Nonetheless, the far right has seized on the issue despite the small numbers of vaccine refuseniks, confusing it with a broader lament about freedom. Scott Morrison can have no complaints that his legislative agenda is being frustrated by anti-mandate senators, however, given that he himself has sought to pander to the same sentiments with his attacks on state Labor governments.

The broader “freedom” protests — putting aside for a moment the Nazis, anti-vaxxers and opportunists that infest them — relate to quite different issues: freedom of movement, economic freedom and freedom from government surveillance.

Instead of helping frame the issues with sense and reason, Morrison has instead gone back to what he does best. Lying:

Just when Scott Morrison might have hoped his ill-fated holiday to Hawaii was merely an unfortunate memory from two summers ago – the happy melody of ukuleles consumed by bushfires back home – it has returned to haunt him.

The holiday, kept secret while much of Australia burned, has now scorched Morrison for a second time.

He was forced to explain on Monday how he had misled Parliament when he claimed he had told the Leader of the Opposition, Anthony Albanese, that he was going to Hawaii in the first place.

For a leader on the path to a tough election, so recently and spectacularly accused of being a liar, it could barely have been more squirm-inducing.

God only knows where the loons will take us from here. The only thing certain about the direction is that it will be based upon the stoking of wild emotion not clear thinking.

Houses and Holes


  1. Listening to radio the other day, they were bleating on about Scomo. Then they just put on We’re on a road to nowhere, and nothing more needed to be said

  2. Free ad advice for Labor: Start with Scomo saying he has never told a lie in public, then clips of all the most egregious easy to digest lies he has told and end with the words – I don’t think, I know.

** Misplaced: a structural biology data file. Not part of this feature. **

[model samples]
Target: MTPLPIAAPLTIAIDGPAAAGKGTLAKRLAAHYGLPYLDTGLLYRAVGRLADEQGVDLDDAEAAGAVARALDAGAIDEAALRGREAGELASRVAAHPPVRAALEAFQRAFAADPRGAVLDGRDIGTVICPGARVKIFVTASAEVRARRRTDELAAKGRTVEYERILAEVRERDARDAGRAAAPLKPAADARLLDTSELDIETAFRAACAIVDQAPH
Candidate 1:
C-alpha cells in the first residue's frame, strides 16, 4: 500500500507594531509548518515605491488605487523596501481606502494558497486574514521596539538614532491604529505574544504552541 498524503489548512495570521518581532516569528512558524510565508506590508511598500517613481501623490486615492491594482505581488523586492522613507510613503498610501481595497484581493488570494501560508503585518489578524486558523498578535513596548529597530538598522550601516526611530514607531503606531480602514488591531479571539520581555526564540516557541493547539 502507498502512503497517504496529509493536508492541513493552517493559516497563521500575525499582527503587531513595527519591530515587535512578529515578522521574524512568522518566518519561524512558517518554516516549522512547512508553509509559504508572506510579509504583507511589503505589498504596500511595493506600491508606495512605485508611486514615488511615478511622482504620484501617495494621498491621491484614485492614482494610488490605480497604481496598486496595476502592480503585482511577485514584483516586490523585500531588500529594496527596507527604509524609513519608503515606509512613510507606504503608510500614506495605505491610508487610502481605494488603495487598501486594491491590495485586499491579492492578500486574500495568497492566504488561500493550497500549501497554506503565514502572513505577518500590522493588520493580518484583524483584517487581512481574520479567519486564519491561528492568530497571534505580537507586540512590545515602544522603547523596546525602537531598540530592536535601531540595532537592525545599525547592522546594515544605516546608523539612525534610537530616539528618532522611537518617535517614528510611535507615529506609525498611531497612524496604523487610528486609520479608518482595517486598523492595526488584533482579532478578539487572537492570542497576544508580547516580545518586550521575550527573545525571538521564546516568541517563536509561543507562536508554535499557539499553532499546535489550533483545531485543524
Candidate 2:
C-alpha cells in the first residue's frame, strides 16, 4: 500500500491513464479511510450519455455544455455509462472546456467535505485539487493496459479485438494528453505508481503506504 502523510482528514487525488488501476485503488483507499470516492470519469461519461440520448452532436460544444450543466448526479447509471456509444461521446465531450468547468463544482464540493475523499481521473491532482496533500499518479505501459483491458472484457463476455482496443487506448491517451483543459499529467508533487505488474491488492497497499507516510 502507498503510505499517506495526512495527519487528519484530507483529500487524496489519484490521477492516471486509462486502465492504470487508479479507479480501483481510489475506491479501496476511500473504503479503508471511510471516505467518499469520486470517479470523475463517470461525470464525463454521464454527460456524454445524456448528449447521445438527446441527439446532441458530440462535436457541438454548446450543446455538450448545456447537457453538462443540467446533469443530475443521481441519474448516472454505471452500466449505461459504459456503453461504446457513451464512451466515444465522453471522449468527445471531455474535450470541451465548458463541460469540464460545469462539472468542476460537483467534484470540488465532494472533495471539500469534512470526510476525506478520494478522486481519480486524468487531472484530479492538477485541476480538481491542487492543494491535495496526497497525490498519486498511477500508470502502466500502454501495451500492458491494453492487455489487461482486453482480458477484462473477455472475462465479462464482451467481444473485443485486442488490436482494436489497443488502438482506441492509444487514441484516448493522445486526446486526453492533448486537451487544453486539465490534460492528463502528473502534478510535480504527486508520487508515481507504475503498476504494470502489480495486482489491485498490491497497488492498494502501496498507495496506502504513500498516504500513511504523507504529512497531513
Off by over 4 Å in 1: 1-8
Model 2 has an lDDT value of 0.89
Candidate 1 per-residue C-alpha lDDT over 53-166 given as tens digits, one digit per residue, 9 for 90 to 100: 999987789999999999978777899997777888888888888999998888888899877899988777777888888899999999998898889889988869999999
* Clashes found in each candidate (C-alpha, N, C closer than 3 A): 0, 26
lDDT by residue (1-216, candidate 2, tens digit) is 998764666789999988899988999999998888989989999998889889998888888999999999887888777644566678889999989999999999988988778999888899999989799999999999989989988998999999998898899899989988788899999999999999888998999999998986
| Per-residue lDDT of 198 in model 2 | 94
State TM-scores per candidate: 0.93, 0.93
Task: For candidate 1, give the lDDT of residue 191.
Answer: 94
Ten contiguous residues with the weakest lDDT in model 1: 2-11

• Those whom the Gods would destroy, they first make mad.
      We are all in this category now as a quick glance at the news outlets show.

  3. It’s not that vaccine mandates are never justifiable under any circumstances; a sufficiently deadly virus with a sufficiently excellent vaccine could make a solid case that such intrusive measures are necessary. It’s that this particular virus and these particular vaccines don’t make such a case. If you’re going to implement such intrusive, authoritarian measures, you’d better have a very strong argument for doing so. In my opinion, and in the opinion of many others, that argument simply has not been made.

    This doesn’t make me an anti-vaxxer, or even someone who’s necessarily opposed to the idea of all vaccine mandates under all circumstances. It just means in this specific instance it’s pretty clear that governments are wildly overstepping in ways that will lead to further abuses. Universal availability of vaccines is justified, widespread public education is justified, regaining the public’s trust after decades of lies and abuse is certainly justified, but force and coercion is not.

    Everyone has a line at which they believe government mandates would be excessive. Prior to Covid flu-related illnesses were already killing up to 650,000 people a year, but you never heard anyone calling for governments to coerce entire populations into taking flu vaccines. This is not to compare Covid to the flu, it’s to point out that people didn’t believe that level of intrusiveness was justified for dealing with the flu. Others don’t believe it’s justified for the numbers we’re seeing with Covid and with the protections the vaccines provide either.

    I always get people explaining the rudimentary basic arguments for vaccines and mandates to me like I must never have heard them or don’t understand them. I understand the logic, I just object to their use under this specific instance. This isn’t actually that complicated.

    It’s possible to imagine a situation where the arguments being made for mandates today are actually true: that your refusal threatens people and you have no right to do that to them. Those arguments just don’t hold water in this instance. I am at my heart a collectivist first and foremost; I don’t believe the individual comes before the collective. Mandates could one day conceivably be needed to protect the interests of the collective. But these specific mandates hurt both individual rights and the collective.

    • Without very strong incentives to vaccinate it is quite clear that we will never reach a sufficient level of protection from severe illness to prevent the health system from falling to pieces … and all the human, social and economic destruction that goes along with that. That is what makes this situation qualitatively different from the flu.